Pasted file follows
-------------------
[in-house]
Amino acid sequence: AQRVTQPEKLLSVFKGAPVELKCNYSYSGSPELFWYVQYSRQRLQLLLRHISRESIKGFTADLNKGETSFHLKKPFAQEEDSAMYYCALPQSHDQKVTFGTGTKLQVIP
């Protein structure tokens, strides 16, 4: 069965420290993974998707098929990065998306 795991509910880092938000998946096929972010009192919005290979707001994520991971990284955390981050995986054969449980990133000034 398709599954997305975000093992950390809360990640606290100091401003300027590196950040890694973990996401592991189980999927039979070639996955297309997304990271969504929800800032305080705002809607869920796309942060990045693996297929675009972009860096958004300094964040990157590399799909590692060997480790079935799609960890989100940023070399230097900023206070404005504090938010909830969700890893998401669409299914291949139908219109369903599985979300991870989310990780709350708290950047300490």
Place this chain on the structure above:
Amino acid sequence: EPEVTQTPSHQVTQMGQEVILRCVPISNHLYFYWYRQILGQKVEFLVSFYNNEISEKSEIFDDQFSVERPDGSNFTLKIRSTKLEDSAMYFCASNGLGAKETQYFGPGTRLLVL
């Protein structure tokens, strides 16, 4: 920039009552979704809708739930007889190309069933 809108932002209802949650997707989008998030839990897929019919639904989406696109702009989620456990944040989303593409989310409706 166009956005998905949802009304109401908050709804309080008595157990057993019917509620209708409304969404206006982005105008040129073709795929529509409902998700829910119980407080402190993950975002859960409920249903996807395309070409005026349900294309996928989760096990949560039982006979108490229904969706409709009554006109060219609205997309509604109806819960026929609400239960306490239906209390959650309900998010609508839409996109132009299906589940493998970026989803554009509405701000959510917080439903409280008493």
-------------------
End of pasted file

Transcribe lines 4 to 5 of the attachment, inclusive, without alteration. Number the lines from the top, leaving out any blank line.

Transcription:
Place this chain on the structure above:
Amino acid sequence: EPEVTQTPSHQVTQMGQEVILRCVPISNHLYFYWYRQILGQKVEFLVSFYNNEISEKSEIFDDQFSVERPDGSNFTLKIRSTKLEDSAMYFCASNGLGAKETQYFGPGTRLLVL